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By Craig Wright | 27 Feb 2019 | Bitcoin & Blockchain Tech

In his analysis of classical liberalism, Ludwig von Mises [1] poses the question:

In opposing government interventions, is liberalism not implicitly bound to advocate some form of anarchy in the end?

Anarchy ≠ Libertarian

Anarchy in all its forms is simply a means to promote the philosophy of collectivism. Be with the herd, do as you’re told, don’t think we will do it for you. So is the true mantra of the ‘free’ anarchist. There is no such thing as anarcho-capitalism, there is socialism. It was Marx who sought the abolition of the state, and it is Marxian theory in another form that leads to the misnamed anarcho-capitalist attack on true capitalism.

Mises rightly argues that “the anarchists consider state, law, and government as superfluous institutions in a social order that would really serve the good of all, and not just the special interests of a privileged few.” They in effect throw away the baby and the bathwater thinking wrongly that all government is equal.

Such a utopian view of society leaves “the anarchist [a]s mistaken in assuming that everyone, without exception, will be willing to observe these rules voluntarily.” They falsely assume that all members of a society will naturally decide to fit in.

Bitcoin is an immutable evidence system, it provides the rule of law universally to all. It applies to people, corporations, and the state. In making all things available, auditable, and able to be reviewed, Bitcoin creates a framework that can lead to an honest system. Yet, a framework alone cannot create a sound system, for all people need to be vigilant.

As with all utopian philosophies, the anarchist misunderstands the real nature of man. We do not exist in a world of angels and saints, but one of disagreement, conflict, and imperfection.

Liberalism is not anarchism, nor has it anything whatsoever to do with anarchism.

In saying so, Mises is arguing that capitalism cannot exist in an anarchist system; it requires law. Even in a system of law and punishment, people commit heinous crimes. They commit sexual assaults, they murder, and they steal, and yet the anarchist believes that once law has been removed, all people within a society will suddenly become voluntaristic and one without force. The delusion shows no logical thought.

Mises saw the deception and the need for limits. Might does not make right, and for society to work, we need controls.

Liberalism is therefore far from disputing the necessity of a machinery of state, a system of law, and a government. It is a grave misunderstanding to associate it in any way with the idea of anarchism. For the liberal, the state is an absolute necessity, since the most important tasks are incumbent upon it: the protection not only of private property, but also of peace, for in the absence of the latter the full benefits of private property cannot be reaped.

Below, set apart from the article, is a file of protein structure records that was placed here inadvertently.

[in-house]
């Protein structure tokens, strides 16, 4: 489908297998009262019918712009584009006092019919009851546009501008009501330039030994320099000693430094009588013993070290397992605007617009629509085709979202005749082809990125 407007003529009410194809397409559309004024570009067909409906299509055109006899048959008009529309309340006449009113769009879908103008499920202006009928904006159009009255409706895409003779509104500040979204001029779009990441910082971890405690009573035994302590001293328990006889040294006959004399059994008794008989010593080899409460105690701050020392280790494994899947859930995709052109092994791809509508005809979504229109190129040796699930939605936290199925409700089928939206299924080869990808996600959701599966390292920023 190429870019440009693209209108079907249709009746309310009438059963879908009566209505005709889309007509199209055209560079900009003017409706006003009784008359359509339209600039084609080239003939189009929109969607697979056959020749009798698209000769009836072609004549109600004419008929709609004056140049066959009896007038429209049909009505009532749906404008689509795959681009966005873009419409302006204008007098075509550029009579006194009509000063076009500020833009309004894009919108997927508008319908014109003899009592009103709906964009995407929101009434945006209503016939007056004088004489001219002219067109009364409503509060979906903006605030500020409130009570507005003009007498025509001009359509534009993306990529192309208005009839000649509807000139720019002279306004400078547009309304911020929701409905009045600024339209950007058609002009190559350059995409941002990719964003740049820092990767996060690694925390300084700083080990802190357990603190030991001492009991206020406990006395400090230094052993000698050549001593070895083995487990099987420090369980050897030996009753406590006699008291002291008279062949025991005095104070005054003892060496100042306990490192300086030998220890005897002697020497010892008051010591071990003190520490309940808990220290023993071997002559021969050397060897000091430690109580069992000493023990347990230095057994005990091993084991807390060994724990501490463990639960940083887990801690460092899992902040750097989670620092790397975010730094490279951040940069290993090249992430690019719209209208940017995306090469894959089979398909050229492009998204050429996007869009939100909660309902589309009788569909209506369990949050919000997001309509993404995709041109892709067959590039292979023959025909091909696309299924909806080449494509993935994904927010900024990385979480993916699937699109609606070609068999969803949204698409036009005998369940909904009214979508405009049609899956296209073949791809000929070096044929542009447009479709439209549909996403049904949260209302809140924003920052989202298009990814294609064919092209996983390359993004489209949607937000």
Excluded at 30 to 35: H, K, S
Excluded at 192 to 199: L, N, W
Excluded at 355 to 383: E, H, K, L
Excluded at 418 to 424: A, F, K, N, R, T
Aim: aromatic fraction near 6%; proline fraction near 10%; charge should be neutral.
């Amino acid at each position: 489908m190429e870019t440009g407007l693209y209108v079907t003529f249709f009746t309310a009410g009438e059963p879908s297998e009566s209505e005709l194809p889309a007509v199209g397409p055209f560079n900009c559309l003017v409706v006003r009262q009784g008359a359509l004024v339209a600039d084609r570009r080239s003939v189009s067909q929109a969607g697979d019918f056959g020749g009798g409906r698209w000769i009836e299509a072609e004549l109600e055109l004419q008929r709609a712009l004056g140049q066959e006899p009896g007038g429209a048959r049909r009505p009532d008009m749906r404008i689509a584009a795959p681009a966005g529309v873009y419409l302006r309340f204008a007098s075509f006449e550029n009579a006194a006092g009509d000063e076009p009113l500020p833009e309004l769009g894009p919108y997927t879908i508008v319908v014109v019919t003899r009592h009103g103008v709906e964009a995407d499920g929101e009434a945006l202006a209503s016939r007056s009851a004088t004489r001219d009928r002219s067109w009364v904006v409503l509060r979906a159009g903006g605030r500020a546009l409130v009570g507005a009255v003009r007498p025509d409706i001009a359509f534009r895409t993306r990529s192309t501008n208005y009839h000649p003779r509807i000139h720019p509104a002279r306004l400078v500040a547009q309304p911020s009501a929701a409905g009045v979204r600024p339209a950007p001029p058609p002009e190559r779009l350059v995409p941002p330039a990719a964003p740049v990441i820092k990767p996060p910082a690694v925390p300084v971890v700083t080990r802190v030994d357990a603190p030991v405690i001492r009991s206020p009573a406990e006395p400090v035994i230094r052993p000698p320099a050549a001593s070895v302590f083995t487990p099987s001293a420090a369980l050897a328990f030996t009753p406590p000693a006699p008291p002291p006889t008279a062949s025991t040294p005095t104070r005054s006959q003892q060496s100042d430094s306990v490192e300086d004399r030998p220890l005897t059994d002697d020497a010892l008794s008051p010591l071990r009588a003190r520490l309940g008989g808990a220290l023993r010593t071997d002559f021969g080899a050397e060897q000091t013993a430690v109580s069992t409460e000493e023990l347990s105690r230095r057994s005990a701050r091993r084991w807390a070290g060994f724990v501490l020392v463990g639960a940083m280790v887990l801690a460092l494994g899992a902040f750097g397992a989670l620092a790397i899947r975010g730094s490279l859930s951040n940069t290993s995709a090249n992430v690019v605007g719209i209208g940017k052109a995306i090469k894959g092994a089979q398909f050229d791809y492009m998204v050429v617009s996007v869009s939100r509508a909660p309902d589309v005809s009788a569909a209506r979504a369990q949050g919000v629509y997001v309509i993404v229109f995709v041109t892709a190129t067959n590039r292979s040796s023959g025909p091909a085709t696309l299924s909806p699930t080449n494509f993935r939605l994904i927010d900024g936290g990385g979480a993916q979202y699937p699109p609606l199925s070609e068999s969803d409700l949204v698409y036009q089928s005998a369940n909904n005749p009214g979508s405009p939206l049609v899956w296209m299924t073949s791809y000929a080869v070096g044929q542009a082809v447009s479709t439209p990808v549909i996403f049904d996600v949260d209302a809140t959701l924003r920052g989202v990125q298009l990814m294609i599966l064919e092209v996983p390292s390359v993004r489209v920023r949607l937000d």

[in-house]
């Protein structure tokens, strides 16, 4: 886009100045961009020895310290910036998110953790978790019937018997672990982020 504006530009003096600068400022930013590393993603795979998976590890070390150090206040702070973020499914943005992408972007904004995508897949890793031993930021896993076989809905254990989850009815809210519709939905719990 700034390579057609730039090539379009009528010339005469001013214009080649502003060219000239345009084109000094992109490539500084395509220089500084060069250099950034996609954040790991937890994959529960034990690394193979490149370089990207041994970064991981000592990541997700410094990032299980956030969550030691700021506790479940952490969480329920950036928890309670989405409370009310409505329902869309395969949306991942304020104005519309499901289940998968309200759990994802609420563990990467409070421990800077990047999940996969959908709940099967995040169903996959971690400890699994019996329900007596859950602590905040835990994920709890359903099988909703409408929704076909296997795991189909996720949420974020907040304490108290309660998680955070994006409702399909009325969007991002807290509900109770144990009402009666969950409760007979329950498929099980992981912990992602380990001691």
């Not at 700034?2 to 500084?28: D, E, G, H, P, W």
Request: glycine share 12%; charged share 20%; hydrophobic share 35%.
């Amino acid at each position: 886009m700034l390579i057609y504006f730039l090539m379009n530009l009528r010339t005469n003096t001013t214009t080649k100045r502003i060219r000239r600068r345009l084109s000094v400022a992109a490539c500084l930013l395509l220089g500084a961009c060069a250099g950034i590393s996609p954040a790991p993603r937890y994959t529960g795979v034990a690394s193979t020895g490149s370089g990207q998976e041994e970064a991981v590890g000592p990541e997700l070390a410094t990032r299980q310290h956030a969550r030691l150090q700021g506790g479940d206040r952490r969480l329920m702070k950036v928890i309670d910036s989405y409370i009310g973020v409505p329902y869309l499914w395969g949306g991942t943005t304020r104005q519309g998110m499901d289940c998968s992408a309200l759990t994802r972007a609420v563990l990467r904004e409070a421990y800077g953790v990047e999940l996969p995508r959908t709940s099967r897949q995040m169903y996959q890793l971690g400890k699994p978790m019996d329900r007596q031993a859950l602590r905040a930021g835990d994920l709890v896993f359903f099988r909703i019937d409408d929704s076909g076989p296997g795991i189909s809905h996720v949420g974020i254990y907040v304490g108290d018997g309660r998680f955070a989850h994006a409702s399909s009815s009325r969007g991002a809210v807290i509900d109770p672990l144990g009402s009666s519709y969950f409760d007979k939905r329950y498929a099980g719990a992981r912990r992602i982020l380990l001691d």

Anarchy is rooted in a misleading concept mandating the dismantling of all government. It insists that no leaders can exist, no government whatsoever. Others, more on the borderline, insist on the complete privatisation of government with the claim that commercial government cannot be corrupt (ignoring Enron, Maddoff, and the multitude of corporate frauds).

They cry that a consistent mantra of government is force. Yet they ignore how a society may exist even when privatised. When pressed as to the question of how punitive measures will be taken against those committing crimes against another person, a response is always given through a form of government. Even Rothbard completely missed the contradiction in his hatred of government. His self-refuting ideal discredits his thesis.

Rothbard is not libertarian, he is the most insidious attacker undermining the ideas of Mises and Hayek. In calling for a court, Rothbard in addressing crime creates a contradiction. Crime is not contractual. Murray Rothbard understands this very well, and uses the lack of understanding of jurisprudence to mislead his reader. It creates a system of “Might is right.” An encoded axiom of law that is said not to be of the state but of a voluntary constitution of man, and yet, what is government? The federalist system of the United States was just the same idea.